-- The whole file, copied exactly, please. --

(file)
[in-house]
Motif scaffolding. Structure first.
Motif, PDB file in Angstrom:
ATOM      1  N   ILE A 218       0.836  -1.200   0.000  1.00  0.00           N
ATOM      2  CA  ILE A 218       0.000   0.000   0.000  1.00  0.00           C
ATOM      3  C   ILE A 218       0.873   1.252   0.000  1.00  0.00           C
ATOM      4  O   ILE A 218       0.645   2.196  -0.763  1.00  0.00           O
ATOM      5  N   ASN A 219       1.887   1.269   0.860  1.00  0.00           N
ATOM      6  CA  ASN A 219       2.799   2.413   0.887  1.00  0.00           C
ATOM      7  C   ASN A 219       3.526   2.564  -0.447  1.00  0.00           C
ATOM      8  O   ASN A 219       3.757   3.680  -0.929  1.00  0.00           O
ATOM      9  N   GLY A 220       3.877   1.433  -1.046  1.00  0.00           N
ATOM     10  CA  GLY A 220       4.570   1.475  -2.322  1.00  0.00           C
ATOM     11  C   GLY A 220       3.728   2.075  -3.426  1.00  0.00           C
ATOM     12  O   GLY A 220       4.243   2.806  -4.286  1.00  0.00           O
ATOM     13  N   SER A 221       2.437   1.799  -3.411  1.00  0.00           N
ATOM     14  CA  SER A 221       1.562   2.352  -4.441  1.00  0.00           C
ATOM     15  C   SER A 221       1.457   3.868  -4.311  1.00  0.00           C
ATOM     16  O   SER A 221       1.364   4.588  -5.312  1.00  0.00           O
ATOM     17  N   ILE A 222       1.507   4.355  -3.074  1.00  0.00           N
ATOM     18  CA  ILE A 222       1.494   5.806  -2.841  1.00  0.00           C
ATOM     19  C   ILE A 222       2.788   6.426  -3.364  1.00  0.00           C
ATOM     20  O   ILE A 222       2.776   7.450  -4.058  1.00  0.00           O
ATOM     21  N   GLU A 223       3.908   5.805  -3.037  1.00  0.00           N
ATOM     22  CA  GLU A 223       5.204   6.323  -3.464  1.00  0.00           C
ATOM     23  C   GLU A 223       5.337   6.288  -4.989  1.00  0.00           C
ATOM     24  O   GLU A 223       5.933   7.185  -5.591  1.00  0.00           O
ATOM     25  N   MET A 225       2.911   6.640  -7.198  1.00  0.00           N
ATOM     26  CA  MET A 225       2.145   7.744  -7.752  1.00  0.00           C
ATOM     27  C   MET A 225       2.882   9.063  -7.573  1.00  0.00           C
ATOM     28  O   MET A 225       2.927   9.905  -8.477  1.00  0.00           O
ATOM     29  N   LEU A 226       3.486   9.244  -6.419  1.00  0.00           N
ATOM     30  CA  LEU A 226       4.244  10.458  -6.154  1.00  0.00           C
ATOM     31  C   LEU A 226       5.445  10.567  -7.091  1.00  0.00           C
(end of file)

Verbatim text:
[in-house]
Motif scaffolding. Structure first.
Motif, PDB file in Angstrom:
ATOM      1  N   ILE A 218       0.836  -1.200   0.000  1.00  0.00           N
ATOM      2  CA  ILE A 218       0.000   0.000   0.000  1.00  0.00           C
ATOM      3  C   ILE A 218       0.873   1.252   0.000  1.00  0.00           C
ATOM      4  O   ILE A 218       0.645   2.196  -0.763  1.00  0.00           O
ATOM      5  N   ASN A 219       1.887   1.269   0.860  1.00  0.00           N
ATOM      6  CA  ASN A 219       2.799   2.413   0.887  1.00  0.00           C
ATOM      7  C   ASN A 219       3.526   2.564  -0.447  1.00  0.00           C
ATOM      8  O   ASN A 219       3.757   3.680  -0.929  1.00  0.00           O
ATOM      9  N   GLY A 220       3.877   1.433  -1.046  1.00  0.00           N
ATOM     10  CA  GLY A 220       4.570   1.475  -2.322  1.00  0.00           C
ATOM     11  C   GLY A 220       3.728   2.075  -3.426  1.00  0.00           C
ATOM     12  O   GLY A 220       4.243   2.806  -4.286  1.00  0.00           O
ATOM     13  N   SER A 221       2.437   1.799  -3.411  1.00  0.00           N
ATOM     14  CA  SER A 221       1.562   2.352  -4.441  1.00  0.00           C
ATOM     15  C   SER A 221       1.457   3.868  -4.311  1.00  0.00           C
ATOM     16  O   SER A 221       1.364   4.588  -5.312  1.00  0.00           O
ATOM     17  N   ILE A 222       1.507   4.355  -3.074  1.00  0.00           N
ATOM     18  CA  ILE A 222       1.494   5.806  -2.841  1.00  0.00           C
ATOM     19  C   ILE A 222       2.788   6.426  -3.364  1.00  0.00           C
ATOM     20  O   ILE A 222       2.776   7.450  -4.058  1.00  0.00           O
ATOM     21  N   GLU A 223       3.908   5.805  -3.037  1.00  0.00           N
ATOM     22  CA  GLU A 223       5.204   6.323  -3.464  1.00  0.00           C
ATOM     23  C   GLU A 223       5.337   6.288  -4.989  1.00  0.00           C
ATOM     24  O   GLU A 223       5.933   7.185  -5.591  1.00  0.00           O
ATOM     25  N   MET A 225       2.911   6.640  -7.198  1.00  0.00           N
ATOM     26  CA  MET A 225       2.145   7.744  -7.752  1.00  0.00           C
ATOM     27  C   MET A 225       2.882   9.063  -7.573  1.00  0.00           C
ATOM     28  O   MET A 225       2.927   9.905  -8.477  1.00  0.00           O
ATOM     29  N   LEU A 226       3.486   9.244  -6.419  1.00  0.00           N
ATOM     30  CA  LEU A 226       4.244  10.458  -6.154  1.00  0.00           C
ATOM     31  C   LEU A 226       5.445  10.567  -7.091  1.00  0.00           C